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iW News | Human Rights Watch to Spotlight 21 Global Features for 18th Film Fest

By Indiewire | Indiewire May 14, 2007 at 11:47AM

Plans for the Human Rights Watch International Film Festival, taking place June 15 - 28 were recently announced with 21 films and three shorts from 17 countries including 16 New York premieres set for the event's 18th edition. The festival will launch with two films rooted in governmental paranoia, Lynn Hershman Leeson's Sundance feature "Strange Culture" and "Mon Colonel," Laurent Herbiet's politically charged portrait of military corruption during the Algerian war of independence. Other highlights inclue James Longley's ("Iraq in Fragments") "Sari's Mother," Annie Sundberg and Ricki Stern's "The Devil Came on Horseback," Katy Chevigny's "Election Day," Canadian Jennifer Baichwal's "Manufactured Landscapes," San Francisco International Film Festival 50 winner "The Violin" by Francisco Vargas Quevedo and Oscar winner Steven Okasaki's "White Light/Black Rain." "It speaks to the significance of Human Rights Watch and its mission that such important figures make the trip," commented Marian Masone, associate director of programming at the Film Society of Lincoln Center in a statement. "With the subjects as well as the filmmakers here to talk about the issues, the audience gets unique, firsthand access to the events shaping our world." HRWIFF is a program of Human Rights Watch and the Film Society of Lincoln Center. [Brian Brooks]
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Plans for the Human Rights Watch International Film Festival, taking place June 15 - 28 were recently announced with 21 films and three shorts from 17 countries including 16 New York premieres set for the event's 18th edition. The festival will launch with two films rooted in governmental paranoia, Lynn Hershman Leeson's Sundance feature "Strange Culture" and "Mon Colonel," Laurent Herbiet's politically charged portrait of military corruption during the Algerian war of independence. Other highlights inclue James Longley's ("Iraq in Fragments") "Sari's Mother," Annie Sundberg and Ricki Stern's "The Devil Came on Horseback," Katy Chevigny's "Election Day," Canadian Jennifer Baichwal's "Manufactured Landscapes," San Francisco International Film Festival 50 winner "The Violin" by Francisco Vargas Quevedo and Oscar winner Steven Okasaki's "White Light/Black Rain." "It speaks to the significance of Human Rights Watch and its mission that such important figures make the trip," commented Marian Masone, associate director of programming at the Film Society of Lincoln Center in a statement. "With the subjects as well as the filmmakers here to talk about the issues, the audience gets unique, firsthand access to the events shaping our world." HRWIFF is a program of Human Rights Watch and the Film Society of Lincoln Center. [Brian Brooks]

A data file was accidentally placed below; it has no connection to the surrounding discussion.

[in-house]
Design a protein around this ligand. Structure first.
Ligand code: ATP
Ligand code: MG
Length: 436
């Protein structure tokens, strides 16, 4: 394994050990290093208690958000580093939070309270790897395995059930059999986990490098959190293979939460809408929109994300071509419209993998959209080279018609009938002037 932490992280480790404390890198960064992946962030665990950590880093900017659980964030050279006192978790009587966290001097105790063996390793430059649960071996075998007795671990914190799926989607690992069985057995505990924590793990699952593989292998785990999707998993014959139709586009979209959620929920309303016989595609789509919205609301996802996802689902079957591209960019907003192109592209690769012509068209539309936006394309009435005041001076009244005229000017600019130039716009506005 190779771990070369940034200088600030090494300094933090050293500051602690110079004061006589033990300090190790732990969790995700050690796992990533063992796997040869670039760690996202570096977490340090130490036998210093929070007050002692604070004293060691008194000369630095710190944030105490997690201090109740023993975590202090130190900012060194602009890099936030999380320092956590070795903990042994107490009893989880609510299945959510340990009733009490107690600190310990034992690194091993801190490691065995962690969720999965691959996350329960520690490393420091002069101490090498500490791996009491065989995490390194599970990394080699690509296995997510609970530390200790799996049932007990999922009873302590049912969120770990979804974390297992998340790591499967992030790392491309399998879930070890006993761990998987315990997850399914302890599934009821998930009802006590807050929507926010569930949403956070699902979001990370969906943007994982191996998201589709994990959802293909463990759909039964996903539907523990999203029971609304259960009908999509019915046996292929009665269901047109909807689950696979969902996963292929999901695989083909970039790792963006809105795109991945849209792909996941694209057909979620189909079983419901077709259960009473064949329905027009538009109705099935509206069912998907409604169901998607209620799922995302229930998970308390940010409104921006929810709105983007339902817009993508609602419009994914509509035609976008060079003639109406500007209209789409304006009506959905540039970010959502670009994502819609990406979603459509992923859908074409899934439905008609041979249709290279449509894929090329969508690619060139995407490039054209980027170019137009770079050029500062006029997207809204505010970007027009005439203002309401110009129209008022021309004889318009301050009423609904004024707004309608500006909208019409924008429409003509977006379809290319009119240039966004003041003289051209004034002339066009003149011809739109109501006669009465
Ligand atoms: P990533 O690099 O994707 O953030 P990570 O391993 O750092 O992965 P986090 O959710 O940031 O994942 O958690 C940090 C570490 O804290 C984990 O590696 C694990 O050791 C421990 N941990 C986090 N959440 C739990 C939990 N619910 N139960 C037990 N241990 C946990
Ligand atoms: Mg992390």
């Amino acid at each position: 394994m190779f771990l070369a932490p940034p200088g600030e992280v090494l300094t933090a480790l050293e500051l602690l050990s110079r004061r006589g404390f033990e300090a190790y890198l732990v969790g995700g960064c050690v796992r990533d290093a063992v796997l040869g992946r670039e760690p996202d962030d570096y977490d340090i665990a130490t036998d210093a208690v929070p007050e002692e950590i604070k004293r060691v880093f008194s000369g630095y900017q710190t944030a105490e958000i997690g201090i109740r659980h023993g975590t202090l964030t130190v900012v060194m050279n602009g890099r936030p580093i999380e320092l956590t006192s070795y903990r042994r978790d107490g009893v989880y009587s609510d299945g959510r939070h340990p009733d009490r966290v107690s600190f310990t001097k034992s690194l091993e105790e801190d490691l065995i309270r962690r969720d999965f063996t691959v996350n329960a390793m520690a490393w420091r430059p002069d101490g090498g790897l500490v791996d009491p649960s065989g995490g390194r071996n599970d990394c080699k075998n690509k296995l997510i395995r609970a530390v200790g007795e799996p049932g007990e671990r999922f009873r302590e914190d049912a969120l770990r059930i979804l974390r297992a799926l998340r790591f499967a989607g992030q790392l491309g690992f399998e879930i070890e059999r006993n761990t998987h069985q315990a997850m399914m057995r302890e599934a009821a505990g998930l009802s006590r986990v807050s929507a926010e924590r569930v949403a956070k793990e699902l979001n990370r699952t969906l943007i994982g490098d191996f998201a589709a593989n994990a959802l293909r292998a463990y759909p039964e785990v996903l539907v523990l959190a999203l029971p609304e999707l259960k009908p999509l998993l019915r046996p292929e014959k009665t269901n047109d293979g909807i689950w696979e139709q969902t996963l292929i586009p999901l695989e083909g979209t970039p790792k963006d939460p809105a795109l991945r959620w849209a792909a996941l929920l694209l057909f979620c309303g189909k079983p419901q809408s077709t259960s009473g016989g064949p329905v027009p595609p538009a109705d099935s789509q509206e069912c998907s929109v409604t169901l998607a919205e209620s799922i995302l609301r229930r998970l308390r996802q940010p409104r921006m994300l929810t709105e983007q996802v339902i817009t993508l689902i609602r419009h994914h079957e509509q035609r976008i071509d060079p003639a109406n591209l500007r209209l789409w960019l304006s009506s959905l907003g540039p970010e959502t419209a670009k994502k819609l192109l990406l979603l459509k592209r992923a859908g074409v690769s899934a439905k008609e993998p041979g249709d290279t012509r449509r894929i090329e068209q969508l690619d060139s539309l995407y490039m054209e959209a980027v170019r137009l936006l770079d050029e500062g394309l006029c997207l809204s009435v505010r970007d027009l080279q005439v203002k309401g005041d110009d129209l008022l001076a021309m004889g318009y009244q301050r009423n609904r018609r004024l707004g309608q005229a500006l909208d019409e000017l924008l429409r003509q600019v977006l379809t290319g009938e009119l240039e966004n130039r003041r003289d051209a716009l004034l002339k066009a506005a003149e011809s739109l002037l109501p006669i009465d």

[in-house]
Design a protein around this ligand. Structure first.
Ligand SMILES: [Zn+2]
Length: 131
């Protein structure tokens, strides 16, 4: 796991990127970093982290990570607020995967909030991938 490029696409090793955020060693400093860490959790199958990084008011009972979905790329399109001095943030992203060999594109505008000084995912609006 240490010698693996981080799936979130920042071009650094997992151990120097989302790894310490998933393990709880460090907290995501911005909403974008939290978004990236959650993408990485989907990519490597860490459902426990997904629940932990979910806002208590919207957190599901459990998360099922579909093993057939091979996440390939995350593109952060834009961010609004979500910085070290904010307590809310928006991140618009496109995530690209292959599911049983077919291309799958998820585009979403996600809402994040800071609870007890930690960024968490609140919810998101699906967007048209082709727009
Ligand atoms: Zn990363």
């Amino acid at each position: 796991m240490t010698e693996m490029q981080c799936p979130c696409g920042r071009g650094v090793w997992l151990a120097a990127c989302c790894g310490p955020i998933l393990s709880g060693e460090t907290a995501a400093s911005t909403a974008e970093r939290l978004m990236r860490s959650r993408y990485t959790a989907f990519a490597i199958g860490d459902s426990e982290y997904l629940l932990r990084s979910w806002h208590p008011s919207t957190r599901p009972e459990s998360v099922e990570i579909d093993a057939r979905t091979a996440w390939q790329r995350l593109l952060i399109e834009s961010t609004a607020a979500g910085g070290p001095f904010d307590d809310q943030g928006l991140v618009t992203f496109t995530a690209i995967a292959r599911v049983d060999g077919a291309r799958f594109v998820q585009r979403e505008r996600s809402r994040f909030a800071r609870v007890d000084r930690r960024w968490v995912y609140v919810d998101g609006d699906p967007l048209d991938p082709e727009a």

This article is related to: World Cinema







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